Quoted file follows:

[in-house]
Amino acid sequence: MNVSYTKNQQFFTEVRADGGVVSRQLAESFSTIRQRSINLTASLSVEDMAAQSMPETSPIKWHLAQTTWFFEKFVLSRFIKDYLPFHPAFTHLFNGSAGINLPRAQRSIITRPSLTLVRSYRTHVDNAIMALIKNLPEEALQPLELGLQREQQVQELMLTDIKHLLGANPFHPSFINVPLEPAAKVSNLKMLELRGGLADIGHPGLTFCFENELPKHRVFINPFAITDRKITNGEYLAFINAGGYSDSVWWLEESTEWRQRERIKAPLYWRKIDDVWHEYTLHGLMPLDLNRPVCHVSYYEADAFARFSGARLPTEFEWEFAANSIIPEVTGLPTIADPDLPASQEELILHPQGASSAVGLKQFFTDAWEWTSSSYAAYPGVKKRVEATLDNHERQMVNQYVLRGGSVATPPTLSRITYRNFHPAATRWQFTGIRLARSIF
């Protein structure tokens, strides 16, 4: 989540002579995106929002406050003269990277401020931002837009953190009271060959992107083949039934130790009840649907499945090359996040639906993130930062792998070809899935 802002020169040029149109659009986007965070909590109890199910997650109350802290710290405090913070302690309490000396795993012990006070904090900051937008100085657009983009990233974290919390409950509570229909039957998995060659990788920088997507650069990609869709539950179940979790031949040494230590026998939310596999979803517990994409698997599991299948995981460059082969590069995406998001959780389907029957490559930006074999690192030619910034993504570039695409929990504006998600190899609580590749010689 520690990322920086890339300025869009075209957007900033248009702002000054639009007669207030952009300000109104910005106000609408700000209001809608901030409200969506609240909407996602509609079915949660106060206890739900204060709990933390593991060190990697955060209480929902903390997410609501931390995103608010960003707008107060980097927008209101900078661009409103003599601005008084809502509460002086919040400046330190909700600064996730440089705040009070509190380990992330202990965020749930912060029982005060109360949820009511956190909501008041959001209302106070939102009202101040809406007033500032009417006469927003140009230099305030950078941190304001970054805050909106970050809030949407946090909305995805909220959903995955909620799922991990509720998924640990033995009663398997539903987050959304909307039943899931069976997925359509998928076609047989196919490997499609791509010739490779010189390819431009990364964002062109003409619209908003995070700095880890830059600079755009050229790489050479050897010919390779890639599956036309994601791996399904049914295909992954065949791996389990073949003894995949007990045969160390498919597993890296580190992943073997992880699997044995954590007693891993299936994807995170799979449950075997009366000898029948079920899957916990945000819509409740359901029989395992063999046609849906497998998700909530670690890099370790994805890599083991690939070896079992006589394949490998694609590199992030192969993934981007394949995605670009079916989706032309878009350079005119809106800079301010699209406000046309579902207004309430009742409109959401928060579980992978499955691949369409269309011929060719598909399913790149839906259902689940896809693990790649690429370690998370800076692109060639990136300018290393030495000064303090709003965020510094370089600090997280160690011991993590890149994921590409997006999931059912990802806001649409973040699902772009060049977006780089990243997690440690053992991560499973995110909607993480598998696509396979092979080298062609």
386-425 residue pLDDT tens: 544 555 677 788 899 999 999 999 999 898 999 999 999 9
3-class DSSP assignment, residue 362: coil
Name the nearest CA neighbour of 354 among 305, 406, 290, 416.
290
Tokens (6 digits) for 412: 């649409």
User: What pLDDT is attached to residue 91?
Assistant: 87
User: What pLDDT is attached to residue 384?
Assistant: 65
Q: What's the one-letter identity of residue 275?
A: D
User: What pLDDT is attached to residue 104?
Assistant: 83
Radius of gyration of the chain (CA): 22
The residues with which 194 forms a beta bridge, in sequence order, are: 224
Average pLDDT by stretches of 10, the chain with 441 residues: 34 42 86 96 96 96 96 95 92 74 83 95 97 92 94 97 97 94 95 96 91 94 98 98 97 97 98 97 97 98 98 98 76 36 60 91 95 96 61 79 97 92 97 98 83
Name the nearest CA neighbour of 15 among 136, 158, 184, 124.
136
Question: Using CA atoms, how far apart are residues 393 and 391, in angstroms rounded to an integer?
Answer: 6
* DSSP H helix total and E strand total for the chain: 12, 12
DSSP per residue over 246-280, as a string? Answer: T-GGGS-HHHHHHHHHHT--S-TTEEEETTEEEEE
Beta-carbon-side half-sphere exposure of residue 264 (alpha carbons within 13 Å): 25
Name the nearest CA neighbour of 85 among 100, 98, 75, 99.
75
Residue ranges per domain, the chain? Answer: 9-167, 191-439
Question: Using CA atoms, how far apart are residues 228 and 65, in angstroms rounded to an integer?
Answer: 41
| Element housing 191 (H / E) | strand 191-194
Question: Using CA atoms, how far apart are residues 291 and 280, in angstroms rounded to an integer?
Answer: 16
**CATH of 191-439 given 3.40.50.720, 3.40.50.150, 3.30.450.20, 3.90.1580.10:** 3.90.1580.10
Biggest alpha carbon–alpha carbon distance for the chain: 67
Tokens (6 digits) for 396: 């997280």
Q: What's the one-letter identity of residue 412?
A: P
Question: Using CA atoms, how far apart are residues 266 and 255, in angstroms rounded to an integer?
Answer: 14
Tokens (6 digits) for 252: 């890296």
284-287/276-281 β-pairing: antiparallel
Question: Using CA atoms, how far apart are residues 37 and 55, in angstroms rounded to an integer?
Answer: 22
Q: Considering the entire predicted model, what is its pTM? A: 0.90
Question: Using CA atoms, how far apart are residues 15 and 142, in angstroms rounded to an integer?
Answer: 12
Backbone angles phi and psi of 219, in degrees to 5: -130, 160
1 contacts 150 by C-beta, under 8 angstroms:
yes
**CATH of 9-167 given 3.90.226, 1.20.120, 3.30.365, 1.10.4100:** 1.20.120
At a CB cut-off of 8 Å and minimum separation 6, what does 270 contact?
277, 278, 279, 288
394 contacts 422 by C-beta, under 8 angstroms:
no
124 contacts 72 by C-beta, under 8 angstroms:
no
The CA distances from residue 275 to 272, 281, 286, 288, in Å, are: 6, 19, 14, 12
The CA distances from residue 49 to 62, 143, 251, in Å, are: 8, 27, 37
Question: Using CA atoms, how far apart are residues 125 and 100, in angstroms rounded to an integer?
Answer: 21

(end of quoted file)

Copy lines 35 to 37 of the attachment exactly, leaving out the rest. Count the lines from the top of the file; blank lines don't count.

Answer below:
**CATH of 191-439 given 3.40.50.720, 3.40.50.150, 3.30.450.20, 3.90.1580.10:** 3.90.1580.10
Biggest alpha carbon–alpha carbon distance for the chain: 67
Tokens (6 digits) for 396: 């997280």